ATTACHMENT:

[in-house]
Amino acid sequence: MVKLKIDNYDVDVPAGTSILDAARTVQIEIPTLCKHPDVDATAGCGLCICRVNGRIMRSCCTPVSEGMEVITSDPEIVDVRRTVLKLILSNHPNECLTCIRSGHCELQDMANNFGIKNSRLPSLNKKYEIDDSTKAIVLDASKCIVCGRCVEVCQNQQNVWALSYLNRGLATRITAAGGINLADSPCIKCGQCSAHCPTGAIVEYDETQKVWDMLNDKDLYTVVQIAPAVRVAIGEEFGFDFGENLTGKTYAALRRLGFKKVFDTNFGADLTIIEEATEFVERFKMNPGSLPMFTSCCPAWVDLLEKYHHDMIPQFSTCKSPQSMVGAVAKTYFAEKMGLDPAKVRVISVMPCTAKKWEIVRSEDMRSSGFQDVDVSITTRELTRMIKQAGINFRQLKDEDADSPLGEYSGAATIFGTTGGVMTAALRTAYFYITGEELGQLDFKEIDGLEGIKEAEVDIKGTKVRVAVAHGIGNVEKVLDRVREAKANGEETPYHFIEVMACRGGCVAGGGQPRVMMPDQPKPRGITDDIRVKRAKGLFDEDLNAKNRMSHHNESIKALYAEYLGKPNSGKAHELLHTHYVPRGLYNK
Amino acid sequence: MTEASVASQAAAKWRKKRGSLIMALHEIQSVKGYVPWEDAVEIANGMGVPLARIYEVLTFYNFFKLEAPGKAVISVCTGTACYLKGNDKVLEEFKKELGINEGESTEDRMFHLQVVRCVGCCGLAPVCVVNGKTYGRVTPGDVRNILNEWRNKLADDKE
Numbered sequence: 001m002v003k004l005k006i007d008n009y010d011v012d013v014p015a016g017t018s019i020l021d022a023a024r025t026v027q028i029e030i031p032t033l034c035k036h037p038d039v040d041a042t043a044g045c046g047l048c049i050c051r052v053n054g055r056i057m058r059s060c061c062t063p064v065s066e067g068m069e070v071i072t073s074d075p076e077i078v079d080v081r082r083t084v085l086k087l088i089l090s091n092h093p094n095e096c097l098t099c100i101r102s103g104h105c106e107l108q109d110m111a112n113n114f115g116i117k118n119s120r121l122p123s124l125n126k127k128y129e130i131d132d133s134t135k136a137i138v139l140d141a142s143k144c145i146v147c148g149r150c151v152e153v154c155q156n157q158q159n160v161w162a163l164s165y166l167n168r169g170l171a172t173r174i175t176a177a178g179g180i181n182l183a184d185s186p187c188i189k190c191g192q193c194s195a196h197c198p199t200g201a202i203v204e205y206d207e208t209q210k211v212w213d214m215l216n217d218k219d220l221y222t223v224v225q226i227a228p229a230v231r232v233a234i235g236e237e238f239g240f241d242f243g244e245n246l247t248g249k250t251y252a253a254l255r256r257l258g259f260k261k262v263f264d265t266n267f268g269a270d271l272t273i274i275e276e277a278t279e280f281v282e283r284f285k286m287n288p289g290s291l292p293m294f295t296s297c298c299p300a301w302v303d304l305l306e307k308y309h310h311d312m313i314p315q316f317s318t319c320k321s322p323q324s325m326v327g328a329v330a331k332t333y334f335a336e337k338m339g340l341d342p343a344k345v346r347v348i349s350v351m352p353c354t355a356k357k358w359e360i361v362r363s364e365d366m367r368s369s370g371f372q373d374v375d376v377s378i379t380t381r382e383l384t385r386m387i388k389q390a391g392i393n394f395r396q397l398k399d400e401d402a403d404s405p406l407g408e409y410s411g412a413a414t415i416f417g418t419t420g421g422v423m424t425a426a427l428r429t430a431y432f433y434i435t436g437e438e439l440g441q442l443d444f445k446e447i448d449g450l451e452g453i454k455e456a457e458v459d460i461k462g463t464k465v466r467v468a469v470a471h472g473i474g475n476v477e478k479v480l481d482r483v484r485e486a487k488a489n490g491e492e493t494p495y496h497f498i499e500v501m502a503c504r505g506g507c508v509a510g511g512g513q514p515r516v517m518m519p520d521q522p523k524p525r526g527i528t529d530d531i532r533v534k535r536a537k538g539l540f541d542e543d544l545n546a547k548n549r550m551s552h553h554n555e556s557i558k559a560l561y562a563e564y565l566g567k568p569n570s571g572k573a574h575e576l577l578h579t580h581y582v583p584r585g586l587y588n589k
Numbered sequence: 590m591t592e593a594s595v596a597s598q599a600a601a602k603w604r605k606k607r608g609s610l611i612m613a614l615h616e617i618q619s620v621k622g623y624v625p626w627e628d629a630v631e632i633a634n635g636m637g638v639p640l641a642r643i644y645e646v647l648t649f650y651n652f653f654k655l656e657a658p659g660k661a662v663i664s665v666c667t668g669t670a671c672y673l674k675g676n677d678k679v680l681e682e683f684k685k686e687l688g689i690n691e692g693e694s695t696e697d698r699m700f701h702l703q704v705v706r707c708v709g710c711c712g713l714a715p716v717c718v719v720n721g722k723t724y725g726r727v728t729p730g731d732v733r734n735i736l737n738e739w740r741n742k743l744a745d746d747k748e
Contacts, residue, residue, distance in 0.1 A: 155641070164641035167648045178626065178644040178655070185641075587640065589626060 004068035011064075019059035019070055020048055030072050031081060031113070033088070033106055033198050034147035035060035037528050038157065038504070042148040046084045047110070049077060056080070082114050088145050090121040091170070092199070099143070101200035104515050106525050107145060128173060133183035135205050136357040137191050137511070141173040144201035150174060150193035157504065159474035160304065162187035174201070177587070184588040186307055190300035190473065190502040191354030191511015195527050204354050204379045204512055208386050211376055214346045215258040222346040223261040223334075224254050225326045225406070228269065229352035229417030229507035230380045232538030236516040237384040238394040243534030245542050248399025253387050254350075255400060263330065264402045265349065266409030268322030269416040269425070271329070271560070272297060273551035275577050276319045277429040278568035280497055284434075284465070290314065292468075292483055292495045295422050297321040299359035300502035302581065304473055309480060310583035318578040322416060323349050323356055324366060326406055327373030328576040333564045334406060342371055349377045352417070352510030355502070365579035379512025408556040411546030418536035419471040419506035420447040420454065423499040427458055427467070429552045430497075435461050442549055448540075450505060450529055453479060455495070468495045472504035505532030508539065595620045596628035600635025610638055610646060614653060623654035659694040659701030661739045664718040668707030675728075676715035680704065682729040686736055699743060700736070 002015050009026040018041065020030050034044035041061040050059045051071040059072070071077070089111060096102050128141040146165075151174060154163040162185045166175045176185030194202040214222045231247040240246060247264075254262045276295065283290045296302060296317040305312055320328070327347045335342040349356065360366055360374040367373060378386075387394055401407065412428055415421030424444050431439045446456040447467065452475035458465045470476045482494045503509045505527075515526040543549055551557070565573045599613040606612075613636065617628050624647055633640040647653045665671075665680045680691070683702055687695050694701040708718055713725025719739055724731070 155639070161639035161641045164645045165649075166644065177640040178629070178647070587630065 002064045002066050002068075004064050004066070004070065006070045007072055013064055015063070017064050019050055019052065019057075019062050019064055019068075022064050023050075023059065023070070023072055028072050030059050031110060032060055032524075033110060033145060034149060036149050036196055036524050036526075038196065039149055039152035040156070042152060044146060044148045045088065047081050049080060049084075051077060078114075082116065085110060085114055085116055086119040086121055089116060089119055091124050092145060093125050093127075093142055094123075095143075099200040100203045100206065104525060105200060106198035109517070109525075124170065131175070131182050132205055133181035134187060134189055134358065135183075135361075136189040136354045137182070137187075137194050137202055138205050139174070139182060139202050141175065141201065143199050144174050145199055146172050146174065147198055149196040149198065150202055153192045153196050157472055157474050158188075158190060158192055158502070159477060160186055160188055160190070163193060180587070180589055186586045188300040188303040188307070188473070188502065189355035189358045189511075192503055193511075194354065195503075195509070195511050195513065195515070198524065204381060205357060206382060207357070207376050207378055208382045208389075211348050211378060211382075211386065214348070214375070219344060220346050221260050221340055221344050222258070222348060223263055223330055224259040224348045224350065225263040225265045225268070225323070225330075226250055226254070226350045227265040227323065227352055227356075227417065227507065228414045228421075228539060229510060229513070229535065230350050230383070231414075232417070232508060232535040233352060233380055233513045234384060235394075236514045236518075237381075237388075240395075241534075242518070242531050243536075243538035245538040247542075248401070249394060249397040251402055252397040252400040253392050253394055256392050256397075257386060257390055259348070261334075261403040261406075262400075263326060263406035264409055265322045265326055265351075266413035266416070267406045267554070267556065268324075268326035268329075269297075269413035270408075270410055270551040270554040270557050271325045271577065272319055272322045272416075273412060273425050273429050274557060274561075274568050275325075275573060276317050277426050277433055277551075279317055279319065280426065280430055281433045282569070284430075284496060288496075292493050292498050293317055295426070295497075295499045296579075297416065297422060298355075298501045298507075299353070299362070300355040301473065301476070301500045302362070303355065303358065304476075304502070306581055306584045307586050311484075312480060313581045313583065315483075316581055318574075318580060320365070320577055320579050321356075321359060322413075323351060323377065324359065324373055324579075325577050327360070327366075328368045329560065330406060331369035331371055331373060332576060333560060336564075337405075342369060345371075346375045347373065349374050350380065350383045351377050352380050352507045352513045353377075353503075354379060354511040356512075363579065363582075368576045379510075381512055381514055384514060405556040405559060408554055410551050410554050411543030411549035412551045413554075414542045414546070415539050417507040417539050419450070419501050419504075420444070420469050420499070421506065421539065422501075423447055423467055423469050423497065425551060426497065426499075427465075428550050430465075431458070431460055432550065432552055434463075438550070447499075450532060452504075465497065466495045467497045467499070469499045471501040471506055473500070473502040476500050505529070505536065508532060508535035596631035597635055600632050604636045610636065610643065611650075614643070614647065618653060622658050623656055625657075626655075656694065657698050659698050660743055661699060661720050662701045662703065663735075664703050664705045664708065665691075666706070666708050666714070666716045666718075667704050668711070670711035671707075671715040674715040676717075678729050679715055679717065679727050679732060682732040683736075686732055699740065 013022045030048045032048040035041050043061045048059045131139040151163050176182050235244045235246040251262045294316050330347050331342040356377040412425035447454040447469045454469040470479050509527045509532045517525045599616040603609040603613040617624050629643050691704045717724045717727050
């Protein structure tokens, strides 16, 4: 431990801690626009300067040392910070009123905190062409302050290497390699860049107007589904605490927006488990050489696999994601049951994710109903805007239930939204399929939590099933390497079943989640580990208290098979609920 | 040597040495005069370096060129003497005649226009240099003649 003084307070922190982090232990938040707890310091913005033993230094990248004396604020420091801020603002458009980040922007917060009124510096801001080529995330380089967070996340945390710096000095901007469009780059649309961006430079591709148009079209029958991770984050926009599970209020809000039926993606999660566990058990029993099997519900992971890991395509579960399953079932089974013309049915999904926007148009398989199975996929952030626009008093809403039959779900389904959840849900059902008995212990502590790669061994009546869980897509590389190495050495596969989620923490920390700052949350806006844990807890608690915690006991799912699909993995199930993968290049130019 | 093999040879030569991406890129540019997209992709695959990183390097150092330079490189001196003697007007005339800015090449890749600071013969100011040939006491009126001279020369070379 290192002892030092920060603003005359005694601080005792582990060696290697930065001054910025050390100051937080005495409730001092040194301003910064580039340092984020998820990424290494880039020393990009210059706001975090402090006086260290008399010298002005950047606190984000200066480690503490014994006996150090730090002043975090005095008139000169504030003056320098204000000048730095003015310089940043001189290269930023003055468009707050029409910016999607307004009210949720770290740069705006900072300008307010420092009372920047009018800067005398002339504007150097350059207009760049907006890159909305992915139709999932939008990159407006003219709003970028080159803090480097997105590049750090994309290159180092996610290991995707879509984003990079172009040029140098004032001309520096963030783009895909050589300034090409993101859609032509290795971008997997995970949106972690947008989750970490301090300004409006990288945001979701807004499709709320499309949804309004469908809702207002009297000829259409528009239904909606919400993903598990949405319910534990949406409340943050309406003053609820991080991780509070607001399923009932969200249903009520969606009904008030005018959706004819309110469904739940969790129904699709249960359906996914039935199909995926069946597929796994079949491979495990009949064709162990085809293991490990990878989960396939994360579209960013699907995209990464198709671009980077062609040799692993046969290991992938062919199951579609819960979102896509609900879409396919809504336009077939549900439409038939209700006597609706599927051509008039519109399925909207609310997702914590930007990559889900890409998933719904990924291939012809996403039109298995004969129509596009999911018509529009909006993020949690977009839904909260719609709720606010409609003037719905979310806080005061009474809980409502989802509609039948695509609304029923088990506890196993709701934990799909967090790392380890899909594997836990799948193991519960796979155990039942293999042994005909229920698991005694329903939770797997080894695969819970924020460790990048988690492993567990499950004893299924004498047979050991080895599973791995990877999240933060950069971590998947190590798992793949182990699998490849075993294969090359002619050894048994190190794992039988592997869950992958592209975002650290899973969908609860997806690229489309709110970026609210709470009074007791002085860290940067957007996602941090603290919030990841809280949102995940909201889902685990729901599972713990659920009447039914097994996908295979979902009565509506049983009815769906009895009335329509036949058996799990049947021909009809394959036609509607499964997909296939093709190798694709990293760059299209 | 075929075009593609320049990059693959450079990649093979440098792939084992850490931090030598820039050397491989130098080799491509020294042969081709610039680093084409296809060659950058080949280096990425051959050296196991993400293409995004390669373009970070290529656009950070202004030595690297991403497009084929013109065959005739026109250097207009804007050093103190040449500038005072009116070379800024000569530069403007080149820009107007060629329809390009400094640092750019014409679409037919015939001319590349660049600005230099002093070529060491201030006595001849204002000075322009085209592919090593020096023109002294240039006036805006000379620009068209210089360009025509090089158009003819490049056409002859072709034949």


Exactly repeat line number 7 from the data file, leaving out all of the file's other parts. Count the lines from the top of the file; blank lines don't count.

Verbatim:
């Protein structure tokens, strides 16, 4: 431990801690626009300067040392910070009123905190062409302050290497390699860049107007589904605490927006488990050489696999994601049951994710109903805007239930939204399929939590099933390497079943989640580990208290098979609920 | 040597040495005069370096060129003497005649226009240099003649 003084307070922190982090232990938040707890310091913005033993230094990248004396604020420091801020603002458009980040922007917060009124510096801001080529995330380089967070996340945390710096000095901007469009780059649309961006430079591709148009079209029958991770984050926009599970209020809000039926993606999660566990058990029993099997519900992971890991395509579960399953079932089974013309049915999904926007148009398989199975996929952030626009008093809403039959779900389904959840849900059902008995212990502590790669061994009546869980897509590389190495050495596969989620923490920390700052949350806006844990807890608690915690006991799912699909993995199930993968290049130019 | 093999040879030569991406890129540019997209992709695959990183390097150092330079490189001196003697007007005339800015090449890749600071013969100011040939006491009126001279020369070379 290192002892030092920060603003005359005694601080005792582990060696290697930065001054910025050390100051937080005495409730001092040194301003910064580039340092984020998820990424290494880039020393990009210059706001975090402090006086260290008399010298002005950047606190984000200066480690503490014994006996150090730090002043975090005095008139000169504030003056320098204000000048730095003015310089940043001189290269930023003055468009707050029409910016999607307004009210949720770290740069705006900072300008307010420092009372920047009018800067005398002339504007150097350059207009760049907006890159909305992915139709999932939008990159407006003219709003970028080159803090480097997105590049750090994309290159180092996610290991995707879509984003990079172009040029140098004032001309520096963030783009895909050589300034090409993101859609032509290795971008997997995970949106972690947008989750970490301090300004409006990288945001979701807004499709709320499309949804309004469908809702207002009297000829259409528009239904909606919400993903598990949405319910534990949406409340943050309406003053609820991080991780509070607001399923009932969200249903009520969606009904008030005018959706004819309110469904739940969790129904699709249960359906996914039935199909995926069946597929796994079949491979495990009949064709162990085809293991490990990878989960396939994360579209960013699907995209990464198709671009980077062609040799692993046969290991992938062919199951579609819960979102896509609900879409396919809504336009077939549900439409038939209700006597609706599927051509008039519109399925909207609310997702914590930007990559889900890409998933719904990924291939012809996403039109298995004969129509596009999911018509529009909006993020949690977009839904909260719609709720606010409609003037719905979310806080005061009474809980409502989802509609039948695509609304029923088990506890196993709701934990799909967090790392380890899909594997836990799948193991519960796979155990039942293999042994005909229920698991005694329903939770797997080894695969819970924020460790990048988690492993567990499950004893299924004498047979050991080895599973791995990877999240933060950069971590998947190590798992793949182990699998490849075993294969090359002619050894048994190190794992039988592997869950992958592209975002650290899973969908609860997806690229489309709110970026609210709470009074007791002085860290940067957007996602941090603290919030990841809280949102995940909201889902685990729901599972713990659920009447039914097994996908295979979902009565509506049983009815769906009895009335329509036949058996799990049947021909009809394959036609509607499964997909296939093709190798694709990293760059299209 | 075929075009593609320049990059693959450079990649093979440098792939084992850490931090030598820039050397491989130098080799491509020294042969081709610039680093084409296809060659950058080949280096990425051959050296196991993400293409995004390669373009970070290529656009950070202004030595690297991403497009084929013109065959005739026109250097207009804007050093103190040449500038005072009116070379800024000569530069403007080149820009107007060629329809390009400094640092750019014409679409037919015939001319590349660049600005230099002093070529060491201030006595001849204002000075322009085209592919090593020096023109002294240039006036805006000379620009068209210089360009025509090089158009003819490049056409002859072709034949």